Will Hill be aggressive? You can count on it
Will Hill says that he won’t change a single thing in his playing style … between the whistles.
After the whistle? Well, he says he’s learned from what he describes as an uncharacteristic mistake.
The first-year Hamilton Ticat, who will start at SAM linebacker at home Thursday night against the Edmonton Eskimos, returned to practice Monday from a onegame suspension for grabbing an official by the jersey during a loss to the Saskatchewan Roughriders in Regina 10 days ago.
He was also fined for punching a Rider.
Head coach Kent Austin said last week that Hill had indeed made a grave error, but had “owned” it, without excuses, and returns with a clean slate.
“I learned a lesson from this; how to react on the field and off the field, too,” Hill told The Spectator on Monday. “Just to think about the team, think about the players, and not just about myself.
“I’m not going to change the way I play. I told the commissioner, I told the coach, I told everybody. I even apologized to my teammates for my actions on the field and they said they understand. I told them I don’t need you to understand I need you to overstand, because that’s not me, and that’s not the way I carry myself on the field. I do carry myself with aggression, but not after the whistle and not with the refs.”
In the first two games of the season Hill, who was consistently around the ball, had the best cumulative stats of any Ticat.
He made 10 defensive tackles, recorded a sack and three quarterback pressures and, against Toronto, blocked two field goals.
He was clearly missed — especially in the second half — during Saturday’s home-opener loss to the B.C. Lions which sentenced the Ticats to an Oh-Oh-and-three start.
Hill’s style is the kind which has always been attractive to a wide vein of Ticat fans, dating back to the blue-collar teams of the 1950s. Hard, angry, hitters who caught your attention, and that of the opposition.
Indeed, Hill says that part of his modus operandi is to have the receivers he’s covering be aware of him 60 minutes per game.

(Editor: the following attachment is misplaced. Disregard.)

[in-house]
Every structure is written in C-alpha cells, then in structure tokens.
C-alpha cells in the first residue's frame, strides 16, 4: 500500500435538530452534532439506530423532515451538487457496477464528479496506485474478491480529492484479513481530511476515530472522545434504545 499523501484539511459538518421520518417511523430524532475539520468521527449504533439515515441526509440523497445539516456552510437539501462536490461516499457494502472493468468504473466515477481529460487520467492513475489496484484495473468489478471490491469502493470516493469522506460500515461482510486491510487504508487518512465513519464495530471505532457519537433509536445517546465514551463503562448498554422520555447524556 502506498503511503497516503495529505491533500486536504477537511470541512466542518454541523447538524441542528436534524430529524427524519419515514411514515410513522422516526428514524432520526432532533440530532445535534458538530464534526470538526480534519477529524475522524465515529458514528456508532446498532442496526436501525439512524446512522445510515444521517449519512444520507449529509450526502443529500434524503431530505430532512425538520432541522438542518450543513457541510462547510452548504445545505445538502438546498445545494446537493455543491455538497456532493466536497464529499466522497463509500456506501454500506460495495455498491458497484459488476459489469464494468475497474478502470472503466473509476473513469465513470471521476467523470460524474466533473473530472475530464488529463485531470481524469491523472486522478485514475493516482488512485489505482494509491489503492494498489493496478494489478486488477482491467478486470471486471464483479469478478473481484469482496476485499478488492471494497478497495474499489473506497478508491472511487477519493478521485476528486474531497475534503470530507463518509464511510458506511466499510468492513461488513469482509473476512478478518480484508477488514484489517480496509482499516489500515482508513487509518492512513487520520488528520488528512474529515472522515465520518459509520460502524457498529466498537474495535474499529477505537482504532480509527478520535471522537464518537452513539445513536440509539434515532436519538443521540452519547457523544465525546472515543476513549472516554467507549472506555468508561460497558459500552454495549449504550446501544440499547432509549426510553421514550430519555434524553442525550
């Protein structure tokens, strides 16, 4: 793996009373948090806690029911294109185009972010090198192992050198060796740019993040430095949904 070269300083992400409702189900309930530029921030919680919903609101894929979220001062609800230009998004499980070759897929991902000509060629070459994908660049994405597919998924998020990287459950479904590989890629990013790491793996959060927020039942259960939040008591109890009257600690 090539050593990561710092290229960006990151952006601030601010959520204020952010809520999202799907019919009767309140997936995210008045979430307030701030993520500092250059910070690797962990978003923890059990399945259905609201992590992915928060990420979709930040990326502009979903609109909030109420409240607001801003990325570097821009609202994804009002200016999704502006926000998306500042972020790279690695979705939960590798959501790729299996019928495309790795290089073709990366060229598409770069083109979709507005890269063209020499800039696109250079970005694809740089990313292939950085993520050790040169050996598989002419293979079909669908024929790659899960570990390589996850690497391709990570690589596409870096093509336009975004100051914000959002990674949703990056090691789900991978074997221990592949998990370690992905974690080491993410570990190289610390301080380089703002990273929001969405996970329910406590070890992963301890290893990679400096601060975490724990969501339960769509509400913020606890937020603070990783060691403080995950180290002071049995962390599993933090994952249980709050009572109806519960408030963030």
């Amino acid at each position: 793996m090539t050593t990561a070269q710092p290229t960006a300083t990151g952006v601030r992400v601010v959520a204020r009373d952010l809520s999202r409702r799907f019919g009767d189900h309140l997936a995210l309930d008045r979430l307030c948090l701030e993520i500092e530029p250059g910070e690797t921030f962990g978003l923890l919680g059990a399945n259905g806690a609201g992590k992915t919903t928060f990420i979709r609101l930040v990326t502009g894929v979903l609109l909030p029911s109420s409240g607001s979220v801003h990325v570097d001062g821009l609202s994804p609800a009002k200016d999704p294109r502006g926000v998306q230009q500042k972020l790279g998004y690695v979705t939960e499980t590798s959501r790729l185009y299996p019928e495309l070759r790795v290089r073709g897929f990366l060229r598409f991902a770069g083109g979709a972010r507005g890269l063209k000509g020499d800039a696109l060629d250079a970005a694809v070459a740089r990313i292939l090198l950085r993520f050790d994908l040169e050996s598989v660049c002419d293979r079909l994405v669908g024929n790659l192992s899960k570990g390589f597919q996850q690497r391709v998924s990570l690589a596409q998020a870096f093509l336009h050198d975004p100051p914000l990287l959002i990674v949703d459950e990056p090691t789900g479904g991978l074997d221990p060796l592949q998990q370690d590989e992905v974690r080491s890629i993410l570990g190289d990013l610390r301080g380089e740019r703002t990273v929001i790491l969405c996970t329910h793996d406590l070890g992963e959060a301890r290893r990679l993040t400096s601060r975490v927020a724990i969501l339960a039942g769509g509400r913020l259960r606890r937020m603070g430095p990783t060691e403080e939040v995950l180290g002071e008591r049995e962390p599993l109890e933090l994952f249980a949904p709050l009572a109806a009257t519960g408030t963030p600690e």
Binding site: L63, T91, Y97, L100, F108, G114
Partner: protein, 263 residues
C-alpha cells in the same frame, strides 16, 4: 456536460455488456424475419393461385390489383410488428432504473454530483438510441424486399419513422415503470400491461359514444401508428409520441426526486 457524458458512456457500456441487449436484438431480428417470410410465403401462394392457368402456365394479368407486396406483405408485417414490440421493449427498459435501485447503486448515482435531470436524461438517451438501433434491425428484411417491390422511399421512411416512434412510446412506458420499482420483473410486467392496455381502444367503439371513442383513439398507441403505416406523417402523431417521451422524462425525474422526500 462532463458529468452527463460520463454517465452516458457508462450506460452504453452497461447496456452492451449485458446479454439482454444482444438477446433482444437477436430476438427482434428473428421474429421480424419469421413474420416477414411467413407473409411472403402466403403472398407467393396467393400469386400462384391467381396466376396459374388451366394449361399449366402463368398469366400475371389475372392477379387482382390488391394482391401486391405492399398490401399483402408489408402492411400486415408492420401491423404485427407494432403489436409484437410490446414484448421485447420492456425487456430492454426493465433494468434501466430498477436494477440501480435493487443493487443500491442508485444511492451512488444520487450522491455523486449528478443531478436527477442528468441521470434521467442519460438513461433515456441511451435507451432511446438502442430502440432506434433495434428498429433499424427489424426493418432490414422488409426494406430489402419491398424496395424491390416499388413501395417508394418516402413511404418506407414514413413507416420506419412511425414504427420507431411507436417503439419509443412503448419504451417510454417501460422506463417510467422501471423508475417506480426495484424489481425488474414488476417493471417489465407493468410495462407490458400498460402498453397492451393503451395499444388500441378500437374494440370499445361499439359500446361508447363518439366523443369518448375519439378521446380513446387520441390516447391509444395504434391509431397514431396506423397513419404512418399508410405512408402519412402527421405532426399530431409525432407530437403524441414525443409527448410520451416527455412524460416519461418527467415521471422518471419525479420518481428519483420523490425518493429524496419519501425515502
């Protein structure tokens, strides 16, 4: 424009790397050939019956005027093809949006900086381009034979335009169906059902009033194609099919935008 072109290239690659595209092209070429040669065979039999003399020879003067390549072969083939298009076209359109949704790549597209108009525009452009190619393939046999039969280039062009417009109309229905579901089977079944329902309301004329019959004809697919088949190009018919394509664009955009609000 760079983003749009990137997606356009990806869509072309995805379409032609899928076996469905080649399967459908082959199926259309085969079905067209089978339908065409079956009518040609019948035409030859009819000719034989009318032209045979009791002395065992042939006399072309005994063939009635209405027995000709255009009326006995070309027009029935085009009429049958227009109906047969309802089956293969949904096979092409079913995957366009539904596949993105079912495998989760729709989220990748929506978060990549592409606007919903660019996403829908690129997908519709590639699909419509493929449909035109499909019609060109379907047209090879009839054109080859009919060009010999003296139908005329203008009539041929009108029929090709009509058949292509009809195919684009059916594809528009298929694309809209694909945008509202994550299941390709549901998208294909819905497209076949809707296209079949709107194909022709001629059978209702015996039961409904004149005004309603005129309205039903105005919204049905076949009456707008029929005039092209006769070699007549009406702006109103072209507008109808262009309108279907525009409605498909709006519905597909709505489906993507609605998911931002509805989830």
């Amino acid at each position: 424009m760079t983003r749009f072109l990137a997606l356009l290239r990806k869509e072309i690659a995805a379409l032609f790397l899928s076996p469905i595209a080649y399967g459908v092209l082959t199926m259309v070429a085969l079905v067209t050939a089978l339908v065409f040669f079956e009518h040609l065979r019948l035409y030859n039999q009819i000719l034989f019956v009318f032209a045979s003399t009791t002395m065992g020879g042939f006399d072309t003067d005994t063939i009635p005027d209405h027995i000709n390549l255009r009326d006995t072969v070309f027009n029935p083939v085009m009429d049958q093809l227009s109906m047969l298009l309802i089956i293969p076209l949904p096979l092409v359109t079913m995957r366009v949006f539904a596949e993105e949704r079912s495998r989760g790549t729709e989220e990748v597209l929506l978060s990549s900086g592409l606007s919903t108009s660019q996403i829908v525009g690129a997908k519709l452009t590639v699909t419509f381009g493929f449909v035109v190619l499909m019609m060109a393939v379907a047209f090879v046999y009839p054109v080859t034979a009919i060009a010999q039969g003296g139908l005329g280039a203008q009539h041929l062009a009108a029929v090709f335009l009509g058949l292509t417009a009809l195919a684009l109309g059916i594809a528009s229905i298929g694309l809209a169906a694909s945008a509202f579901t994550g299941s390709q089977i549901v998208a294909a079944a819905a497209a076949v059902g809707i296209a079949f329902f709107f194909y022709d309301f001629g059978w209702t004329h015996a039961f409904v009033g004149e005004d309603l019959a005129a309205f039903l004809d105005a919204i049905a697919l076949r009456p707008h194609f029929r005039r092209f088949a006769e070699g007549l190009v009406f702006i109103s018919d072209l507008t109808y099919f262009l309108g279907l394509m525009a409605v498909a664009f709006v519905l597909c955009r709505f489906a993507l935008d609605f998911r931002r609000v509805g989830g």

“I don’t really say too much off the field, but I have a lot of pent-up anger and aggression,” says the soft-spoken 27year-old from West Orange, N.J. “This sport is the only sport in which you can physically, and legally, mess someone up.
“I use that to my advantage. So, it may feel like ‘he’s wild and uncontrollable’ but, other than that last incident, I’m usually controlled in my temperament. I play aggressively between the whistles and after that, even if somebody gets me, I’m just going to come back the next play.”
Hill says he was angry because he’d been “undercut” (hit in his legs, left vulnerable while jumping) on the Riders’ field-goal attempts.
And, prior to grabbing the official, the official had grasped him.
But he’s not using either as an excuse for his reaction which he, like Austin, described as unacceptable.
“I see us as warriors,” he says. “If you look at the CFL logo or the NFL logo it’s a shield.
“That’s a gladiator’s shield, and they go out there and fight,” Hill added.
“In that moment, I saw red. I knew it wasn’t the right thing to do to touch a ref, and I told coach that, that I messed up.”
One positive of not being allowed to practice last week was that when his five-month old son — Will Hill IV, who’s with him here — suffered an allergic food reaction, he was able to be there with him. That was the family matter the team referred to when he wasn’t around the stadium on the first day of practice last week.
When he arrived at Tim Hortons Field the following day he was devastated to find out that CFL policy prevented him from even attending team meetings.
“That was the hardest part,” he said. “It was a little dagger to me because I couldn’t even be there mentally, and pick my teammates’ brains, or have mental practice to stay up on my game.
“I’m just ready to get back. I know we had our opening home game here a couple of days ago. It didn’t go the way we wanted, but this is my opening home game.
“And I will play like it.”